November 30, 2018 14:34 CET
PARIS — PSA Group’s Free2Move mobility service has operated short-term rental fleets in dozens of cities on three continents — but not in Paris, where the automaker is based. That will change on Monday, when 550 Peugeot and Citroen electric vehicles will be available through a smartphone app.
The collapse this spring of of the Autolib service, a partnership between Bollore and the City of Paris, paved the way for PSA to enter the car-sharing market in the city, said Brigitte Courtehoux, the director of Free2Move and PSA’s mobility services business unit.
“We were in preliminary discussions for about a year about different kinds of mobility solutions,” Courtehoux said in an interview at the Paris city hall, where she introduced the service with Mayor Anne Hidalgo. “This is a big day for us.”
Hidalgo has pushed for a ban on diesel-powered vehicles from Paris, and the city has closed roads along the River Seine to all vehicles as well as added low-cost parking places at the city limits to encourage use of mass transit.
Courtehoux said another key was a new city rule that requires residents to pay for street parking, which has opened up about 12 percent more spaces. Users of PSA’s service can park free anywhere in the city, including in the old Autolib spaces.
“Without parking, you can’t have this kind of service,” she said.
Automakers are rushing to participate in car sharing, short-term rentals and other forms of mobility services, ahead of what many see as a major shift away from traditional car ownership. Though plans such are Free2Move may not be profitable now, automakers say they are learning valuable lessons for the future, when such services could involve fleets of autonomous vehicles.
Autolib’s 4,000 cars were “fixed point,” meaning they were tethered to a network of charging stations. In contrast, PSA’s vehicles — the Citroen C-Zero and Peugeot iON, both versions of the Mitsubishi iMiev — are “free floating,” with users unlocking them with a smartphone app and returning them anywhere in the city.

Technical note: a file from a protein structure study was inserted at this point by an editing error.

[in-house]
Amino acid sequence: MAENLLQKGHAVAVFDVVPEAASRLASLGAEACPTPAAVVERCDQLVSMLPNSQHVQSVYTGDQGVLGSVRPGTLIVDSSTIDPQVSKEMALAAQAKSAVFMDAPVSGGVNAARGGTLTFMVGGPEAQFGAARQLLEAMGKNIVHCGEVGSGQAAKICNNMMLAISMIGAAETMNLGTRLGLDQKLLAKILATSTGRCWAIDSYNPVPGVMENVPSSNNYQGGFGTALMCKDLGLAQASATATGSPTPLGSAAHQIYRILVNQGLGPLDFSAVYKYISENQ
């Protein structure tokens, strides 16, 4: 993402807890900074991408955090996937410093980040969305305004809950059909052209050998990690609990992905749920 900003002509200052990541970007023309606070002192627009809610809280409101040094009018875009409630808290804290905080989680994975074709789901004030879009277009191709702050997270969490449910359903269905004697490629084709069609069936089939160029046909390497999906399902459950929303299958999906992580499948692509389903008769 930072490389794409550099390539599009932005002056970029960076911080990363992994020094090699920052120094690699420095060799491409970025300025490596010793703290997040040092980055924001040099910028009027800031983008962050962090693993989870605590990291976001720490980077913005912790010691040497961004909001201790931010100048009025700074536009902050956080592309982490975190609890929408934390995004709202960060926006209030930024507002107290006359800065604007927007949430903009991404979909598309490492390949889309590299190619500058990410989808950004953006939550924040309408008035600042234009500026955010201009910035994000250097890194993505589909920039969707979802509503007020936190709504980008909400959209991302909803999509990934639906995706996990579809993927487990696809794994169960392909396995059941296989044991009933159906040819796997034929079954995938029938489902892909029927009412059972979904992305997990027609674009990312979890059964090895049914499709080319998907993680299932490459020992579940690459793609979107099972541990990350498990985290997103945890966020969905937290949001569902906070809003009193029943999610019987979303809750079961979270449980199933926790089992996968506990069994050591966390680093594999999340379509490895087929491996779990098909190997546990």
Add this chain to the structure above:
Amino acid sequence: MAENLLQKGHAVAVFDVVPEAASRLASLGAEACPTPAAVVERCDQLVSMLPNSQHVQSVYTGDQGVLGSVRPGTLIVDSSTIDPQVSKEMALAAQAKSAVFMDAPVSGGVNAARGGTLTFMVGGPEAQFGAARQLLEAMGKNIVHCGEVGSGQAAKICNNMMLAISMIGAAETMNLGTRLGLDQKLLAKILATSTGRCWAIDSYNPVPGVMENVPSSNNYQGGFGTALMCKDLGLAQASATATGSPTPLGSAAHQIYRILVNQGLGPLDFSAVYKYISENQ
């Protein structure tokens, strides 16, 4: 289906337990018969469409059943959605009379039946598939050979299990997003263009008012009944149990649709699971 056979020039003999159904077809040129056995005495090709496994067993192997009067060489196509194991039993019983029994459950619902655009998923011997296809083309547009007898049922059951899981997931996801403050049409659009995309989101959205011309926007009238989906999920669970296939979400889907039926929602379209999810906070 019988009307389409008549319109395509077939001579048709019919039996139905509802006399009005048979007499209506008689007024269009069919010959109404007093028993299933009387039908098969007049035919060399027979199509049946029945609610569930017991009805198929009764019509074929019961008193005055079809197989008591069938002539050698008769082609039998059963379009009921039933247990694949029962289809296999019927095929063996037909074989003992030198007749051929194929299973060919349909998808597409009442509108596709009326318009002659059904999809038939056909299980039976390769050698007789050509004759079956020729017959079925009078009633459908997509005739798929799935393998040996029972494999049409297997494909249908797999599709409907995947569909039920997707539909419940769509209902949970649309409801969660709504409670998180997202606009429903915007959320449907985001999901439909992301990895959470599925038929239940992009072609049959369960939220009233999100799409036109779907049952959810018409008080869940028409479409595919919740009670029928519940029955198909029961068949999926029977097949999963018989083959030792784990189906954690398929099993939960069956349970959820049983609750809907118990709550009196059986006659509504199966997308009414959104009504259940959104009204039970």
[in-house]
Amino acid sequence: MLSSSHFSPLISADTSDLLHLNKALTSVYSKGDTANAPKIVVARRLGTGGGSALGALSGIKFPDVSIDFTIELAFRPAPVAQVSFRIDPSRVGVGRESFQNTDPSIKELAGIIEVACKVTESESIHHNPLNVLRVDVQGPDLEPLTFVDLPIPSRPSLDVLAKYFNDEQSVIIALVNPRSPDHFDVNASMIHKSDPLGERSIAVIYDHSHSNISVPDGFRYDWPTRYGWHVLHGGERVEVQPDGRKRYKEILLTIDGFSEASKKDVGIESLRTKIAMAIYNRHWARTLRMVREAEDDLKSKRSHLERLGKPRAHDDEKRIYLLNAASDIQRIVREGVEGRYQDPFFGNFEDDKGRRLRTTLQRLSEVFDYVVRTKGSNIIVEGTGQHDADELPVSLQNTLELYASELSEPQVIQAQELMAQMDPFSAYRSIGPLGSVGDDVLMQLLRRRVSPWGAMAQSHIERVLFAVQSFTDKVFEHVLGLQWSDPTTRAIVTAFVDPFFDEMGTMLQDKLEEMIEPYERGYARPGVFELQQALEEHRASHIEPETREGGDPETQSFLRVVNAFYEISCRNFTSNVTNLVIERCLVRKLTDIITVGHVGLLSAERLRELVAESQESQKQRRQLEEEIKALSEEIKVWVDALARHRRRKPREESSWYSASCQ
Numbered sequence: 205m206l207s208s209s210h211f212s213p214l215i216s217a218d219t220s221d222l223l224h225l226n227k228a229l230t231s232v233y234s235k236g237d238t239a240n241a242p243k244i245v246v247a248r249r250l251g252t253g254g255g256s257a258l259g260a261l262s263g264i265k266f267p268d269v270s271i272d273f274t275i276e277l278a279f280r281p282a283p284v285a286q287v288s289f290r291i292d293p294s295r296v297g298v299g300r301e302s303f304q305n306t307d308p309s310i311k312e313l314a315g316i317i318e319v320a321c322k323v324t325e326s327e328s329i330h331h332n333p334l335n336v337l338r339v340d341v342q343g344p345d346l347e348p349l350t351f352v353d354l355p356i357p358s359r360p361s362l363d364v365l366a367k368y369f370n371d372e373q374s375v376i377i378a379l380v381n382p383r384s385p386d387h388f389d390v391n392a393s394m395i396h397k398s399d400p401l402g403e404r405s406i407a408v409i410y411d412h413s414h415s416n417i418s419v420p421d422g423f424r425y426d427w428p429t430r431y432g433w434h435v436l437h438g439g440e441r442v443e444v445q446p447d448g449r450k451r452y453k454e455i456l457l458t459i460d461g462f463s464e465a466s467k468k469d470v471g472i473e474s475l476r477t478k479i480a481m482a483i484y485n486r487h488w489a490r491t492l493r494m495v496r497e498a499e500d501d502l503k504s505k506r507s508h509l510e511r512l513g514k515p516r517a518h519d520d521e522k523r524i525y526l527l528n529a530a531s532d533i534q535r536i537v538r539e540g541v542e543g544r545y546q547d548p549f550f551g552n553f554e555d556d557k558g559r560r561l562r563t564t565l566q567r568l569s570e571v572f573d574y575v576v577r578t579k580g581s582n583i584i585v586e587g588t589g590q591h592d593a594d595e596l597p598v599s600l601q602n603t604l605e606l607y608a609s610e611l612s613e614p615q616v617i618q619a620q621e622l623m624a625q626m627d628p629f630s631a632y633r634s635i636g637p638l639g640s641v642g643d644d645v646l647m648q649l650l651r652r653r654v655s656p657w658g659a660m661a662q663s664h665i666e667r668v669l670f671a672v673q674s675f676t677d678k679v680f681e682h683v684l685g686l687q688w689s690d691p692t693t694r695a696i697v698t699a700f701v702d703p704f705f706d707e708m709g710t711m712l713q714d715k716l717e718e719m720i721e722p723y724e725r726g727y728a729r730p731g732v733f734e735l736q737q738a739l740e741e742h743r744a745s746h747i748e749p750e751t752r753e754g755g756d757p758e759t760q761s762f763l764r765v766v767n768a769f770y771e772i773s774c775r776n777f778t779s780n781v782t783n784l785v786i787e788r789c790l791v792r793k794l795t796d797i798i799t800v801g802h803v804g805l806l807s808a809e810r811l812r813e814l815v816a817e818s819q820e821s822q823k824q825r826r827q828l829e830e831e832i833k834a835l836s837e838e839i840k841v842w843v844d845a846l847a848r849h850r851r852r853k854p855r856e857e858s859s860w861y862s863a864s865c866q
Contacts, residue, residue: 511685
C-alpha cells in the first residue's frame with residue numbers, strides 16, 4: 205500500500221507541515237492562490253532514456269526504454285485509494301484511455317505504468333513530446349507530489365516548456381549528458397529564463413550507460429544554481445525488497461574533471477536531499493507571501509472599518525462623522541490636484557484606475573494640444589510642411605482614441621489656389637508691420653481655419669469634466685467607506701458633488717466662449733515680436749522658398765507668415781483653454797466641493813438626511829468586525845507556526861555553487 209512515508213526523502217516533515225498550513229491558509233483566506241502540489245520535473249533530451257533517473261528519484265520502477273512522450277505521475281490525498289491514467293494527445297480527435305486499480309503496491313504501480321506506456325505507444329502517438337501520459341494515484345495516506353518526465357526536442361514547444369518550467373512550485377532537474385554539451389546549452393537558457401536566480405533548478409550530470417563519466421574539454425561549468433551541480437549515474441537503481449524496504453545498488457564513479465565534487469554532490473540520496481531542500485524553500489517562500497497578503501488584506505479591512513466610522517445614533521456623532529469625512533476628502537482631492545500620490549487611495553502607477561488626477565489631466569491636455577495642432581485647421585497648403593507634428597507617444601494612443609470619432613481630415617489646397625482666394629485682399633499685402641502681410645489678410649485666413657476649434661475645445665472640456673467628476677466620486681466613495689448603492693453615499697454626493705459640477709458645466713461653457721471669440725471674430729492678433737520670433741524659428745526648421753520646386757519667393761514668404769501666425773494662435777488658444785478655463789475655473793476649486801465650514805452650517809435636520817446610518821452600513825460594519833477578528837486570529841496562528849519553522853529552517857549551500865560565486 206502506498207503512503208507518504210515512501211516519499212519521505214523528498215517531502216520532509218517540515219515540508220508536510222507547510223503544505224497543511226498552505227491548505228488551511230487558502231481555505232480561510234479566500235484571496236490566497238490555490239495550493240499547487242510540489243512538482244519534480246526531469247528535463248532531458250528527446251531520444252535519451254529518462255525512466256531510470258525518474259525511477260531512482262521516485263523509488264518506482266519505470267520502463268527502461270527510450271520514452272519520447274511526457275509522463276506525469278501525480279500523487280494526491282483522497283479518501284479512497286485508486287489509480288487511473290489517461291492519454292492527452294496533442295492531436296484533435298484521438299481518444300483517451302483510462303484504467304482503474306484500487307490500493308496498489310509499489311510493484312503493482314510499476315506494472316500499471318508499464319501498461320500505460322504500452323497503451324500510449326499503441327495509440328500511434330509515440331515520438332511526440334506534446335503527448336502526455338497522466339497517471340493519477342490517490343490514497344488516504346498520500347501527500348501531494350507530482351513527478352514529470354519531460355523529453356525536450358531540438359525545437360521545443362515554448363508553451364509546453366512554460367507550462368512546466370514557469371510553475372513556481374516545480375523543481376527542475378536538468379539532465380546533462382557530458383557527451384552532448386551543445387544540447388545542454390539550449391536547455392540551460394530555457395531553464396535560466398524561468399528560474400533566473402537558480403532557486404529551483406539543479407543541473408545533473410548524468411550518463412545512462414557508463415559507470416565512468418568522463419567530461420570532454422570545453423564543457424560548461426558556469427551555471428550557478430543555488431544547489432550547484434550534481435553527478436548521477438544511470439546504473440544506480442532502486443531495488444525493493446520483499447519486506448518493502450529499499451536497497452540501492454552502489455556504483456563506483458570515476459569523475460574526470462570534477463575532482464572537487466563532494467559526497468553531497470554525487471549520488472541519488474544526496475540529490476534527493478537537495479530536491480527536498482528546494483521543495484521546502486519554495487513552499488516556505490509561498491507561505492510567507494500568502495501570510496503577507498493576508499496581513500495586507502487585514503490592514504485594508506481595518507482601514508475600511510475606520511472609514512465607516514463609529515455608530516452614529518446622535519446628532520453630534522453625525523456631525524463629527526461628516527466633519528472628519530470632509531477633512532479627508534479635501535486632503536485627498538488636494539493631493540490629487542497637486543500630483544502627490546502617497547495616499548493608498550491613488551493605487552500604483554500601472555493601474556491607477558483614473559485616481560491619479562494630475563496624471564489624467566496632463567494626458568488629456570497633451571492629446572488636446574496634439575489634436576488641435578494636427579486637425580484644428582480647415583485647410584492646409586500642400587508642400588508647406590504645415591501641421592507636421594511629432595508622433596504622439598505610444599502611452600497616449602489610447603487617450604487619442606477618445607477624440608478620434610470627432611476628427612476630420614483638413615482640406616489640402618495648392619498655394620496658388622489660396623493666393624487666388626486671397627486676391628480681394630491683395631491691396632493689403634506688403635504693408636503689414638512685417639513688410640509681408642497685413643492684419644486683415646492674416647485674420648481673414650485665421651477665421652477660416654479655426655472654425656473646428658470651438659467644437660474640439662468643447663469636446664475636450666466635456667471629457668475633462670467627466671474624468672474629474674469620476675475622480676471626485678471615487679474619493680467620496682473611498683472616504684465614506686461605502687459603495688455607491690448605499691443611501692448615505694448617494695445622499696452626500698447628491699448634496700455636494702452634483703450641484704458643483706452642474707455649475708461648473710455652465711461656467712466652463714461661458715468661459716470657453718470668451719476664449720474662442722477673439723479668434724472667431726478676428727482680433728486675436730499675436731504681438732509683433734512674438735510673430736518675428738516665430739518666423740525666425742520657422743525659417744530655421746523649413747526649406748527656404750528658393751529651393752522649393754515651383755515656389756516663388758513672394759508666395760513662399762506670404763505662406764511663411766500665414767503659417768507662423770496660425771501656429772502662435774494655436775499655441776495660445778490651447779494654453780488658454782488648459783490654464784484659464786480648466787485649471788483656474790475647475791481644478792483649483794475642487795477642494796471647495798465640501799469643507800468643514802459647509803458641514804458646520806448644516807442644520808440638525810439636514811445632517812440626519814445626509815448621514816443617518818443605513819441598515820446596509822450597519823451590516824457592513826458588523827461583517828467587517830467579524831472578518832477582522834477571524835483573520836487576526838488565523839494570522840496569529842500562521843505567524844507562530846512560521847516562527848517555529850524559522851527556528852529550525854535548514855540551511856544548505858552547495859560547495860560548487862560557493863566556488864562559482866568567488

The cars are charged and cleaned overnight, a labor-intensive operation that Courtehoux said would be made easier when some of the old Autolib charging stations are returned to service.
Free2Move is both a fleet operator — in cities like Lisbon, Barcelona, and now Paris and Washington, DC — and a mobility-services aggregator. The smartphone app allows users to choose from an array of services and modes, from electric bikes and scooters to short-term rentals and peer-to-peer car sharing.
The operation in Washington, announced last month, is part of PSA’s strategy to re-enter the North American market. It is using Chevrolet vehicles, which Courtehoux said was a coincidence and not related to PSA’s former development agreement with General Motors. “As a fleet operator, we choose the best cars for our needs,” she said.
Courtehoux said PSA’s expectations that mobility services would generate 300 million euros in revenues by 2021 were on track, but she would not give specific profit or loss figures. PSA’s mobility services unit includes business-to-business fleet services, used-car sales and even an online car-repair locator platform.
PSA will be joined on the streets of Paris by Renault, which will be offering its own fleet of electric cars through the Moov’in brand. Courtehoux said she welcomed the competition, because it would show users that such services are a viable alternative to individual car ownership. They could also pave the way to future fleets of robo-taxis.
“It’s a good thing,” Courtehoux said about Renault’s service, noting that Parisians have an abundance of alternative mobility to choose from, including electric kick scooters such as Bird and Lime, electric street scooters and several car-sharing plans such as Drivy. “They are used to these kinds of solutions,” she said.
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